Finding joy from caring for others.
According to the National Alliance for Caregiving and AARP’s Caregiving in the U.S. 2020 report, there are 9.5 million more Americans caring for a family member than there were just five years ago. More than 1 in 5 Americans now serve as caregivers for a family member. The study also finds that the health of family caregivers has declined since 2015. There is no sugarcoating it: Caregiving is a difficult task.
But caring for a loved one also offers many rewards. A 2014 survey from the Pew Research Center revealed that far more American caregivers found the experience rewarding (88%) than stressful (32%). In the 2017 National Poll on Healthy Aging from the University of Michigan, 85% of respondents rated caregiving as very or somewhat rewarding.
Here are nine ways to find comfort and joy from caring for others.
You appreciate life more.
A 2009 study on caregivers of stroke survivors revealed 11 positive results of caregiving, and at the top was that it “enabled you to appreciate life more,” with 91% of respondents endorsing that response. Near the top of the list, with support from 85% of respondents, was the notion that caregiving “enabled you to develop a more positive attitude toward life.”
Caregiving “gives you time to refocus on the priorities in life,” says Christine Consiglio, a medical social worker in the care management department at White Plains Hospital in New York. “We all get swept up in the day to day and kind of forget what’s really important. There is a greater sense of purpose or meaning in our lives (from caregiving) that we don’t obtain through daily activities.”
You feel needed.
Another benefit that ranked high on the 2009 study was the notion that caregiving “made you feel needed.” Nadia Benson, deputy and director of nursing services at the Nathaniel Witherell, a skilled nursing and short-term rehabilitation facility in Greenwich, Connecticut, says that caregivers have a positive effect on residents every day. “From personal experience here at Witherell, to see the joy my staff brings to residents’ lives, how we have changed lives, it is very rewarding. It makes us feel very warm inside. That connection is very special.”
You can grow a relationship.
Many caregivers report that the job allows them to strengthen their relationship with others. “When we are in that role, we can refocus on family relationships and personal connections,” Consiglio says.
Caregiving, especially if it comes at the end of someone’s life, offers the opportunity to reconnect or build on longstanding relationships, Consiglio explains. “It can be a special experience. It’s a time to let that person reflect on their life, tell their story, share their legacy, so it’s special for the person being cared for but also for caregivers to receive that information and pass it on to future generations.”
You facilitate aging in place.
The majority of Americans prefer to age in their homes, and for many, this wouldn’t be possible without the assistance of family caregivers. So another benefit of caregiving is that it allows people to age in place.
“To know you are a positive person in their life, that they are not in a facility and they know you are providing that care would give me a sense of pride to know I was able to give them that gift of time and love,” says Benson, who has been a geriatric caregiver for more than 20 years.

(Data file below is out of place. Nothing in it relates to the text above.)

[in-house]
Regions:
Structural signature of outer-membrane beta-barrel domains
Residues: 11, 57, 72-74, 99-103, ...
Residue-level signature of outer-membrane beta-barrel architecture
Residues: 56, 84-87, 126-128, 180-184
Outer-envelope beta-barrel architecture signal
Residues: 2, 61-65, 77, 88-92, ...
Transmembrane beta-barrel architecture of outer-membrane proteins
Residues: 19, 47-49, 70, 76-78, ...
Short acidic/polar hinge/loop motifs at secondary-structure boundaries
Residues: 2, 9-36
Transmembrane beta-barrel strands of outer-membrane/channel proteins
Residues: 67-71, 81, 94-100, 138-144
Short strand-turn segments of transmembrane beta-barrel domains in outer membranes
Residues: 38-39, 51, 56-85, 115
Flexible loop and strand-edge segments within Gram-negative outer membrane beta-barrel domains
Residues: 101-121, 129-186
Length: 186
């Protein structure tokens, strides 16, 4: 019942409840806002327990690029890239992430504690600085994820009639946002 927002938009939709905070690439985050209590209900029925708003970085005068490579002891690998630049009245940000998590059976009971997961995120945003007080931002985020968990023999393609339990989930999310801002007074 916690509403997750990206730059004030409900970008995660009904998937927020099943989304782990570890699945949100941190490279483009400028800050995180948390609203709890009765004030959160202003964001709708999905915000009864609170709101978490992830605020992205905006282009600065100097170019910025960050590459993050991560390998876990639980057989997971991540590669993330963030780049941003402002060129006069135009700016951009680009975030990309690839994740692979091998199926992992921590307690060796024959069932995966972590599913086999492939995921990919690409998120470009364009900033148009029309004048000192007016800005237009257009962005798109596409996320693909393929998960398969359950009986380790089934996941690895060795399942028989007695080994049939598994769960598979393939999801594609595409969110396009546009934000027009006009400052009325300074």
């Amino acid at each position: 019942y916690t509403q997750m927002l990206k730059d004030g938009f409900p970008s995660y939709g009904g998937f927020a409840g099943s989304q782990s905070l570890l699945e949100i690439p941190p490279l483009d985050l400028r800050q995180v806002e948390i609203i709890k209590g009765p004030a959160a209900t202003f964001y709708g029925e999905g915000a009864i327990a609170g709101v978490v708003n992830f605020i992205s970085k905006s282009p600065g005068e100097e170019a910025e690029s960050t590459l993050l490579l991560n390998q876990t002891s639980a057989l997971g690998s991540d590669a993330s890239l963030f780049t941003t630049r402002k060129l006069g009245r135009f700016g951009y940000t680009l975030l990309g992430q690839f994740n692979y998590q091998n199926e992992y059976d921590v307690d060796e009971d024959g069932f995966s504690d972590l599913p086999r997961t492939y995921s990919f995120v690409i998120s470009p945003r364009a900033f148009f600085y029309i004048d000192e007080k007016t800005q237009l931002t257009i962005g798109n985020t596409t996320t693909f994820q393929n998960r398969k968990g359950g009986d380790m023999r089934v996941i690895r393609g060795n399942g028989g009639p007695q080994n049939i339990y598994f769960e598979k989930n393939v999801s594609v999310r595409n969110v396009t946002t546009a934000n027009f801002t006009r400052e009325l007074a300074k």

You get some health benefits
Research has found, while caregiving is without question stressful in the short term, health benefits may accrue over the long term, among them lower mortality rates, stronger physical performance and better memory. The author of a 2010 study in the Journal of the American Geriatrics Society called this the “healthy caregiver hypothesis,” and suggests there may be something of a “stress buffer” to help minimize the damage that stress can do to one’s health.
You establish family traditions.
Caregiving can become a tradition, as younger children see their parents caring for their grandparents or others. This may make those children more likely to follow their parents’ model when that time comes for them.
You feel a sense of accomplishment.
“We all take pride in overcoming obstacles. It can be stressful when you climb that mountain, but when you can say I did it you can be proud of yourself,” Consiglio says.
Benson echoes that, noting that, as a caregiver, “you have to become a patient person, a listener to the needs of your loved one. There are so many choices to make, and if can see it through, it can be very rewarding.”
You learn or improve skills.
Caregivers need to use both physical and mental powers to clean, dress, physically support, organize, schedule, monitor and manage the life of their charge. In addition, “Caregiving teaches patience, understanding and empathy in ways that no other role in life can,” Consiglio says. “You can compare it maybe to parenting. This is similar to that.”
You also may learn a lot about how you want to be cared for when your time comes. A University of Michigan poll found that 91% of dementia caregivers believe that experience made them think more about their own future needs.
It makes you feel good.
Leave it to Oprah Winfrey to sum up one of the greatest benefits of caregiving: “Helping others is the way we help ourselves.” Caregivers devote themselves to assisting others, and that can have a positive impact on them personally. “It feels good to care for others,” Consiglio says. “It’s a feeling of love and value that you can’t put a price tag on.”
Ways that caregiving can benefit you:
— You appreciate life more.
— You feel needed.
— You can grow a relationship.
— You facilitate aging in place.
— You get some health benefits.
— You establish family traditions.
— You feel a sense of accomplishment.
— You learn or improve skills.
— It makes you feel good.
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